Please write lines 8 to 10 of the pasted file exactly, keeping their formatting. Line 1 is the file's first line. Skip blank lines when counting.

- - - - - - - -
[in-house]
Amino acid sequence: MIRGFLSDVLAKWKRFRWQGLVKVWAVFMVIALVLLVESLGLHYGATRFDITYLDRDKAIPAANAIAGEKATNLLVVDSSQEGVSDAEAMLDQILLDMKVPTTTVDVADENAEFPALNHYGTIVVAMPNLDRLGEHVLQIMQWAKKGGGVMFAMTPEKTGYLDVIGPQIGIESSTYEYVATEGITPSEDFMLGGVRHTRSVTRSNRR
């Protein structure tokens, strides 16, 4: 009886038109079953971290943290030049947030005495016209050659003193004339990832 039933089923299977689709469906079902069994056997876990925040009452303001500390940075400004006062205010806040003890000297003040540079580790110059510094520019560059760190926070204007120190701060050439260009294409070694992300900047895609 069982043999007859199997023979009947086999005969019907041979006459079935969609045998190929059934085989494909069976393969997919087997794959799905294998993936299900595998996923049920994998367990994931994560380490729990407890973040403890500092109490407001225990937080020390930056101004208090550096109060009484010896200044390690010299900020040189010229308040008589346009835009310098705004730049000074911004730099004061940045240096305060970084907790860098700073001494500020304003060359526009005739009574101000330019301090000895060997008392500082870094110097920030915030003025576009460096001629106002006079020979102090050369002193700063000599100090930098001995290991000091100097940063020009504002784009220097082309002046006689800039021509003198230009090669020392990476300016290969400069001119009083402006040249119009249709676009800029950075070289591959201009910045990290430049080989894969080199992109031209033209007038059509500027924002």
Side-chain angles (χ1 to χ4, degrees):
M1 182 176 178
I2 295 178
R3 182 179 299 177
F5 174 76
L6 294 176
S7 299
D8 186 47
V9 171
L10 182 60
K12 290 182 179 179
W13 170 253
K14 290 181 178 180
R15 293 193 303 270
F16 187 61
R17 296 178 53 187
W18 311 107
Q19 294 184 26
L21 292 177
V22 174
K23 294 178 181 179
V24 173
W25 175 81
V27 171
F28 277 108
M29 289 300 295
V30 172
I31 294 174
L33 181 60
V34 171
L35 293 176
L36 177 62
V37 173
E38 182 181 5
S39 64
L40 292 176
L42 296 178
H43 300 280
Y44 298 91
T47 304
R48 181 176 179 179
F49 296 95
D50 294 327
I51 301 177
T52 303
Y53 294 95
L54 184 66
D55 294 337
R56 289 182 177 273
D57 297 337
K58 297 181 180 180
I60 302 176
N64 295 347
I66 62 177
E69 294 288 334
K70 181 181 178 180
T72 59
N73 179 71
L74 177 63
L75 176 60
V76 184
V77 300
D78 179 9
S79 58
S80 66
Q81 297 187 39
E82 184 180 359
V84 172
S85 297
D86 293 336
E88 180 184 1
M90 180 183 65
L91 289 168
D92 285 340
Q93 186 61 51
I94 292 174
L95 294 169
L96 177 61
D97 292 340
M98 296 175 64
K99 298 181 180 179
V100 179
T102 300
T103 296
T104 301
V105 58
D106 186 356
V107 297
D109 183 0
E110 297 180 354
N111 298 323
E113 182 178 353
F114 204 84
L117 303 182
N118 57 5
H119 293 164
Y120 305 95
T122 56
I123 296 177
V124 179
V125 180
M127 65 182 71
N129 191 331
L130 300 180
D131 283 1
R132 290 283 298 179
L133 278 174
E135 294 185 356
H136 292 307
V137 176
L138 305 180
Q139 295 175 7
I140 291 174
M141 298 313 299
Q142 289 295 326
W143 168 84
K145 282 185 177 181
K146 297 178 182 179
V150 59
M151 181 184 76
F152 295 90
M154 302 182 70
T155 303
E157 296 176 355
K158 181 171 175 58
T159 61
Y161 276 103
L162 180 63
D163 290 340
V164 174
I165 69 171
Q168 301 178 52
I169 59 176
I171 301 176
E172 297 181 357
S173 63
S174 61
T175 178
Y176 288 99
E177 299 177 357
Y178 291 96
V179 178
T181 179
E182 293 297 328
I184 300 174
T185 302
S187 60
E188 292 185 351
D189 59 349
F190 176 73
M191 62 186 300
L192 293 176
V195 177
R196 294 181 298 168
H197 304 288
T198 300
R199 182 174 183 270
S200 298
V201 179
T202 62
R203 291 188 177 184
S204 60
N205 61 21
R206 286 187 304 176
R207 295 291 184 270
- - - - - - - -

F5 174 76
L6 294 176
S7 299